We are taught from a young age to make excuses for family and friends who taunt with their crude comments. We tell ourselves that it is only cultural or that is just the way they are. I will also include here that even negative comments about skin colour, choice of clothing or hair style, comments about how a persons’ body has changed due to pregnancy or after medical issues or actually anything to do with physical appearance of any sort; are simply not topics of conversation at any time of the year, let alone during the holiday season.

Of course genuine, positive comments like ”You look lovely” or “I’m so glad to see you and I love your dress” or simply “It’s so good to see you” are perfectly fine and it makes spending time with our family and friends so much sweeter. When comments are unflattering, one cannot imagine the unnecessary hurt that it causes.

I’ve been in this situation a few times, and one incident is still so clear in my mind. I was collecting Talisa from school when I noticed an old family friend. He was an older gentleman, who I hadn’t seen in years. I was entering the school gate with many other parents when I saw him and I greeted him. He boomed out, “Oh Desirae it’s you. Oh my word. I didn’t even recognize you. You’ve put on so much weight.”

I was stunned to say the least. I had no idea how to respond to this in front of the other parents and particularly as I was feeling really depressed during this time. Savannah was recovering from an operation to her back and there were complications that we were coming to terms with. We were living in an upstairs unit in a townhouse complex. Eli was just over a year old and could not walk up or down the flight of stairs by himself. Everyday sometimes three times a day, I was carrying both Savannah and Eli up and down those stairs.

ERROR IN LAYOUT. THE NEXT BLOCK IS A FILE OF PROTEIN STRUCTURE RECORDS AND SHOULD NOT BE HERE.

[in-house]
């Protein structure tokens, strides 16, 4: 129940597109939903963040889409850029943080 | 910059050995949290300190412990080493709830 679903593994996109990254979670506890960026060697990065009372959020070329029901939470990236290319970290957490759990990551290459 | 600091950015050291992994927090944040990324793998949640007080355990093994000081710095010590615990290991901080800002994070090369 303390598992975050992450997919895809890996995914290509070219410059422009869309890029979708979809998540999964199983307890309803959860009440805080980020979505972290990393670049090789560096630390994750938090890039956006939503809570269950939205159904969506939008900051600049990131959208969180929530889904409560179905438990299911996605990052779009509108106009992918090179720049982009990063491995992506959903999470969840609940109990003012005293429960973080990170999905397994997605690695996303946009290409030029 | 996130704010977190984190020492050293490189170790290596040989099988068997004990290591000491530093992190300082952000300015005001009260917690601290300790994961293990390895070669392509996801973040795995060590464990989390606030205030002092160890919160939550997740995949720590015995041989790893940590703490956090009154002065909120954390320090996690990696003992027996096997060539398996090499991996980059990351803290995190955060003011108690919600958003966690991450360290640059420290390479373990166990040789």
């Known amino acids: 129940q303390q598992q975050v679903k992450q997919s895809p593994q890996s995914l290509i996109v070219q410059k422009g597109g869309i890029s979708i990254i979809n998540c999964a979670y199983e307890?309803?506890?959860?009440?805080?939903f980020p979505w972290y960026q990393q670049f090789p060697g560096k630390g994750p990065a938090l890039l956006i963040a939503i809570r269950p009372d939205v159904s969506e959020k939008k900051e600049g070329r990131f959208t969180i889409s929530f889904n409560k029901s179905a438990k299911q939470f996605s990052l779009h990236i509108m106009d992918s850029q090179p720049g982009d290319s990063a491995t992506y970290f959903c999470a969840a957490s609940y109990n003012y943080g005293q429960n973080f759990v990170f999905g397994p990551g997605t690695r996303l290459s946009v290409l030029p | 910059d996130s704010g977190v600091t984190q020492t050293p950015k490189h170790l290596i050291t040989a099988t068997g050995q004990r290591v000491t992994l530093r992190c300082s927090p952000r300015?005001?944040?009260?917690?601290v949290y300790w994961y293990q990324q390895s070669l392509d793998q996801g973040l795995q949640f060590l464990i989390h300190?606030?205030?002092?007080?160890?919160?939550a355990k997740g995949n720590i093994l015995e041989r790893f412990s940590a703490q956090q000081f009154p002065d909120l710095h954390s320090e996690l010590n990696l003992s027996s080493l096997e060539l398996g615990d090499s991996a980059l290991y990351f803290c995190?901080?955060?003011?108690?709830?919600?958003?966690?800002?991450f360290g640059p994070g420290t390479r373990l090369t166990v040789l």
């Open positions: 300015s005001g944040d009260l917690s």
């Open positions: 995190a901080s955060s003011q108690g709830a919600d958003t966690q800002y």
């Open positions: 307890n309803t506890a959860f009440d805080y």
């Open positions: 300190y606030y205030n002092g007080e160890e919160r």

Savannah and I dancing at her 21st birthday party.

In the afternoons if I had five minutes to myself, I would dish up a large bowl of vanilla ice cream, squeeze a mountain of maple syrup onto it; down it and then continue with taking care of my three children. Hands up mums and dads if you have scoffed an entire box of chocolates or polished a bag of chips while your children needed your care! You know well enough what those days are like.